The Ministry of Economy is currently considering a bill (“Bill”) originated in the National Securities Commission (“NSC”) which seeks to amend the current law applicable to Public Companies No. 17,811 (“Law on Public Offering”) enacted in 1968.
This amendment to the Law on Public Offering, far from being a novelty, began to be considered years ago during the administration of Eduardo Hecker, former head of the CNV. The reform of the Law of Public Offering re-emerges as part of the system of measures established by the National Government to adapt to the premises stated by Financial Action Task Force (“FATF”) and the increasing pressures on Argentina to increase the controls and measures against money laundering.
One of the main amendments introduced by the Bill is the free exchange of information among regulatory agencies of the State, such as the CNV, the Financial Information Unit (“FIU”), the Tax Authorities, and the Central Bank of Argentina.
Thus, activities that are protected by the stock secret could be exercised freely if the Bill is approved by the National Congress. The head of the CNV, Alejandro Vanoli, indicates that this measure would lead to prevent crimes and violations related to insider trading, market manipulation, and issues related to the prevention of money laundering and financing of terrorism.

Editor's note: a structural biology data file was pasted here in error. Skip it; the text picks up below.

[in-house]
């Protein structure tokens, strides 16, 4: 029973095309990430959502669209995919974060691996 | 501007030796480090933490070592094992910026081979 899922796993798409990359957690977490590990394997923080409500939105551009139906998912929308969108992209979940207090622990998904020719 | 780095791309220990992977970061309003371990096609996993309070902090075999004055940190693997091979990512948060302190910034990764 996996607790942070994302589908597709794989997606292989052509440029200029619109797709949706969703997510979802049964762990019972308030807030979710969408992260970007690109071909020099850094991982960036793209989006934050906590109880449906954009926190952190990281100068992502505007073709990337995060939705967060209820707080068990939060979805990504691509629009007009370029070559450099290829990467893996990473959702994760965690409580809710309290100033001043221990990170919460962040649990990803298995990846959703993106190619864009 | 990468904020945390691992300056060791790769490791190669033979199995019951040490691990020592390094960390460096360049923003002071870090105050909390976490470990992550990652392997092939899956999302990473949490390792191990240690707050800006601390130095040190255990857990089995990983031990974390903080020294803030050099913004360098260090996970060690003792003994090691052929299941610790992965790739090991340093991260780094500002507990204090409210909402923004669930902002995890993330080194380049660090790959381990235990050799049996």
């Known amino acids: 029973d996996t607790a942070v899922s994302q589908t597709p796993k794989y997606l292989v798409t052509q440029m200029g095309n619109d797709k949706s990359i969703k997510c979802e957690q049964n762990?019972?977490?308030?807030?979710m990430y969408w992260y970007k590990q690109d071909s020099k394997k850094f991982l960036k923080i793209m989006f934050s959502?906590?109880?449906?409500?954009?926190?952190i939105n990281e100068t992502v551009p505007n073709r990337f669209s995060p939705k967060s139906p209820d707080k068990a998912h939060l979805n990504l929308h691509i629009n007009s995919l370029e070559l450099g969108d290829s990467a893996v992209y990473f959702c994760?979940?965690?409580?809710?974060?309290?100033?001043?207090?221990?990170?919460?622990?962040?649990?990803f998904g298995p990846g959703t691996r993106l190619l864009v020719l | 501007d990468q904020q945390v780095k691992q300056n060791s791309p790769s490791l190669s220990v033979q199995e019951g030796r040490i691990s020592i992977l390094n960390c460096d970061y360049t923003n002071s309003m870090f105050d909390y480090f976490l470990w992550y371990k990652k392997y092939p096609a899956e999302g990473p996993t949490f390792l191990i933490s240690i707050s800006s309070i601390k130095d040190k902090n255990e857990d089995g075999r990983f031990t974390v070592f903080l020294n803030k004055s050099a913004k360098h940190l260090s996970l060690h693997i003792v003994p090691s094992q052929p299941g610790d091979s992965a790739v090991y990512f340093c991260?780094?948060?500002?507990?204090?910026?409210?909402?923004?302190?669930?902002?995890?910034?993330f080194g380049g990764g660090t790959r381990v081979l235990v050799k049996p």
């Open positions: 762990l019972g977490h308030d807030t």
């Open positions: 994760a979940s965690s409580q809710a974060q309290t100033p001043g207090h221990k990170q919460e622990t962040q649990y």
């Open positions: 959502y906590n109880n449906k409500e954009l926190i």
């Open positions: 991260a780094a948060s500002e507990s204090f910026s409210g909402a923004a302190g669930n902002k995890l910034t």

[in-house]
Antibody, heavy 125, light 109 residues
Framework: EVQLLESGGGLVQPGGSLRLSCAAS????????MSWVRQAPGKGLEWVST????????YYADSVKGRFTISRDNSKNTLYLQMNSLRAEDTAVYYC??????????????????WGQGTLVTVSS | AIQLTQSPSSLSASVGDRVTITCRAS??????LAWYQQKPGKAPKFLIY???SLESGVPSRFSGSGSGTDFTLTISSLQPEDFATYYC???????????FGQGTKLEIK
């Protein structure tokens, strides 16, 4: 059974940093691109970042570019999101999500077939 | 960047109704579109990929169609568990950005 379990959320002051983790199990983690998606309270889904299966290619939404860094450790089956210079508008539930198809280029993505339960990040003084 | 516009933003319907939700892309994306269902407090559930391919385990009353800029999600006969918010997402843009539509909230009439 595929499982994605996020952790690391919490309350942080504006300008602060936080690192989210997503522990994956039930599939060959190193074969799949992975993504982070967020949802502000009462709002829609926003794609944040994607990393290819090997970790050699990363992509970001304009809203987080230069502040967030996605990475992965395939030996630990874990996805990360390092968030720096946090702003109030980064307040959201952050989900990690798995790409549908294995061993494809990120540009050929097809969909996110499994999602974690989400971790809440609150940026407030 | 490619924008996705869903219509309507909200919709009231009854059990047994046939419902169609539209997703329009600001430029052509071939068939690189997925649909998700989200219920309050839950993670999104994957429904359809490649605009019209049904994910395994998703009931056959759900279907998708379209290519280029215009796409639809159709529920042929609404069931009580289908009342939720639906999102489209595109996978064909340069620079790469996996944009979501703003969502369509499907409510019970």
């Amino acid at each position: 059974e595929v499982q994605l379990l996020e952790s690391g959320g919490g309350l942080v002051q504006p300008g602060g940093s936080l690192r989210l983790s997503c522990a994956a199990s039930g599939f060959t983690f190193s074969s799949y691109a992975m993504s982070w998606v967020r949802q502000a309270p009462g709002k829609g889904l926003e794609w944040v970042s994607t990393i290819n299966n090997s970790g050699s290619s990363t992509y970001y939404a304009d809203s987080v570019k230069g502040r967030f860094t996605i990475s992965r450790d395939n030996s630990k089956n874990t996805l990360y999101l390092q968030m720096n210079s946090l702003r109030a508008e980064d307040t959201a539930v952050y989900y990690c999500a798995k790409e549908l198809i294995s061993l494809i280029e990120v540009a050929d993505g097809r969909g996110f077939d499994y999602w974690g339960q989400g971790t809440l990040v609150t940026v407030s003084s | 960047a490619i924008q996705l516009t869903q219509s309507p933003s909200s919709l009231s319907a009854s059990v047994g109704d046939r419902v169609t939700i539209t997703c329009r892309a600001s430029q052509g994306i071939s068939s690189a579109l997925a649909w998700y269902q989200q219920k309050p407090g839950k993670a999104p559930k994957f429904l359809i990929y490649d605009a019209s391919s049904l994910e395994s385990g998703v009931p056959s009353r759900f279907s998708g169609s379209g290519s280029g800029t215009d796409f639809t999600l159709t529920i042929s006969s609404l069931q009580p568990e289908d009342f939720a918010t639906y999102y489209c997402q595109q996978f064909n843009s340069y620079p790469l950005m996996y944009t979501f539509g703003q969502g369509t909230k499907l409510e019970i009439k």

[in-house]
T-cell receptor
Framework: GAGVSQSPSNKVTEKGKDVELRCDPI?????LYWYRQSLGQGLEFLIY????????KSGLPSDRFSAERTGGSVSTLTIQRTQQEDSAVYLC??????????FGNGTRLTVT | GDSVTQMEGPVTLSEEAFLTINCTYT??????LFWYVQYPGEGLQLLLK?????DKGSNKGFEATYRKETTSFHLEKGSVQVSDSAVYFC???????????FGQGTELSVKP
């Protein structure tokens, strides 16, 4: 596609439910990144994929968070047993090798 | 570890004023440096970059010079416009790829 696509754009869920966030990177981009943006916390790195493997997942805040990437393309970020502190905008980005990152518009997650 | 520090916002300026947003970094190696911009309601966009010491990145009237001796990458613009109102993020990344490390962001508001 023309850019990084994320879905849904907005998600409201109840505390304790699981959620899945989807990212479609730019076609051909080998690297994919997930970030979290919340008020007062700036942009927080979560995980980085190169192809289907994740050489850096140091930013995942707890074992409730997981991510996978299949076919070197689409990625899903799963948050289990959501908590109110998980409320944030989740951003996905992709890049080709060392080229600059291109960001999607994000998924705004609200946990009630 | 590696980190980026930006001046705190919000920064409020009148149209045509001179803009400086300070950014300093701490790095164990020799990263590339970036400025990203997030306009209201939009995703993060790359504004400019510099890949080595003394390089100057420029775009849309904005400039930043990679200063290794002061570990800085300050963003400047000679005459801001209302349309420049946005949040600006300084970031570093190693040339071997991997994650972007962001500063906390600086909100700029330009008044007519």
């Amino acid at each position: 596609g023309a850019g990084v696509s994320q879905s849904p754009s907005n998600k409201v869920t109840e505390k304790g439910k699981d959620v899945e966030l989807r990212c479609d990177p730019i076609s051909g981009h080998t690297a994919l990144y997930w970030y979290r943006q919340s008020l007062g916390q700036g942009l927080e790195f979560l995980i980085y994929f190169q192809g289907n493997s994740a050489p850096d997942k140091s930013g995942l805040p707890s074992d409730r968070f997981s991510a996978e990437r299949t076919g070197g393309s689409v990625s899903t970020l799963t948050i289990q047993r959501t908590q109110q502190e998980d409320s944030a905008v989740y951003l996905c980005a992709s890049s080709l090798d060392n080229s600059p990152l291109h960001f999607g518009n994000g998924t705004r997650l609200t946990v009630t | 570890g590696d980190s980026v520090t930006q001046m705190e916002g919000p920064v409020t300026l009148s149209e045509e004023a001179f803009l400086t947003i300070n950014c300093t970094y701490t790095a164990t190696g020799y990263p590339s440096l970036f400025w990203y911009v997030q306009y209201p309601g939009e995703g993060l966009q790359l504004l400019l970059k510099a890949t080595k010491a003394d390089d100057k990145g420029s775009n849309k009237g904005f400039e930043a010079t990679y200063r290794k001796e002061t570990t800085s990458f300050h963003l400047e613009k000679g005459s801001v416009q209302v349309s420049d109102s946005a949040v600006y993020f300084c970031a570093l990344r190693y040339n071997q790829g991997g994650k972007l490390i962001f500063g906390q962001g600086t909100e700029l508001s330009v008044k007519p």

The elimination of the stock secret implicates that the regulation entities would have access to information about the ownership of shares, bonds and other securities, which highlights the greater power of regulation and control which the CNV would have. This measure is strongly opposed by a sector of the stock market, however, has it counts with the support of the FIU and the FATF.
Another important change that attempts to correct the strong criticism of the FATF, who referred to the lack of controls by the National Government in the capital market in its report in late 2010, is to invest the CNV of police power in punitive action.
If the Bill is approved, it would grant the NSC the authority to sanction stockbrokers if irregularities are detected, and if a violation of the provisions, statutes and regulations of these entities takes place.
Thus, it would bet set aside the concept of the self-governing of the market that has ruled for over forty years, a situation highly questioned by many economists who believe that it is the market that can exert the greatest control against money laundering.
These measures are intended to summarize the international experience, particularly the cases of Chile and Brazil, and integrate the country into the group of countries that meet the international standards of the International Organization of Securities Commissions (“IOSCO”), objective which finds its origin in the international pressure addressed to the National Government.